The first charging points in the state are located at Kuching’s ICOM Square, a strategic lifestyle location with easy access to malls, restaurants and office buildings.
The station offers three charging points, two of which are equipped with an impressive 180kW DC charging power, making it the fastest and largest capacity public charging station in Borneo.
EV users in Kuching will also have the convenience of accessing a network of 600 charging points across Malaysia through Gentari’s EV roaming network via both the Setel and JomCharge mobile application.
“The launch of Gentari’s inaugural EV fast charging station in Kuching in collaboration with Sarawak Energy Berhad, marks a pivotal stride in advancing the EV infrastructure across Sarawak.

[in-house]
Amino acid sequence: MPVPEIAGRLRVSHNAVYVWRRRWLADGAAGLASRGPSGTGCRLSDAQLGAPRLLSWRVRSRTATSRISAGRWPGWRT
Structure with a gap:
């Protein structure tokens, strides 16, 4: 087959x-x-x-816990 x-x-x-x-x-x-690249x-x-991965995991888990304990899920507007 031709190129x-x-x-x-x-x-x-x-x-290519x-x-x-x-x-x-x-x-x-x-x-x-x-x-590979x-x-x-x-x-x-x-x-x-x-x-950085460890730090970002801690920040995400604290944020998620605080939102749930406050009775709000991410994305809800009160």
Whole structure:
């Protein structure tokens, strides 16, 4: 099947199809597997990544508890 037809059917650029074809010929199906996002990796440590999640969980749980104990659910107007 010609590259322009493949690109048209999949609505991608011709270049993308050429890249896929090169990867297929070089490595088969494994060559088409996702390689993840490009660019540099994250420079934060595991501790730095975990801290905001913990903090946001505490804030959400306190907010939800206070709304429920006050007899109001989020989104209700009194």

“This launch, the first of many to come, signifies substantial progress in bolstering the region’s EV network.
“By introducing 24/7 fast charging capabilities, we are not only building range confidence, but making the transition to EVs an appealing one,” said Shah Yang Razalli, deputy chief executive officer of Gentari and chief executive officer of Green Mobility Sdn Bhd.
“Sarawak Energy is pleased to introduce Borneo’s fastest public EV Charger in partnership with Gentari. This marks the beginning of our commitment to build a network of EV chargers across Sarawak, connecting major towns and cities starting here in Kuching and crossing the Pan Borneo Highway for an anxiety free journey.”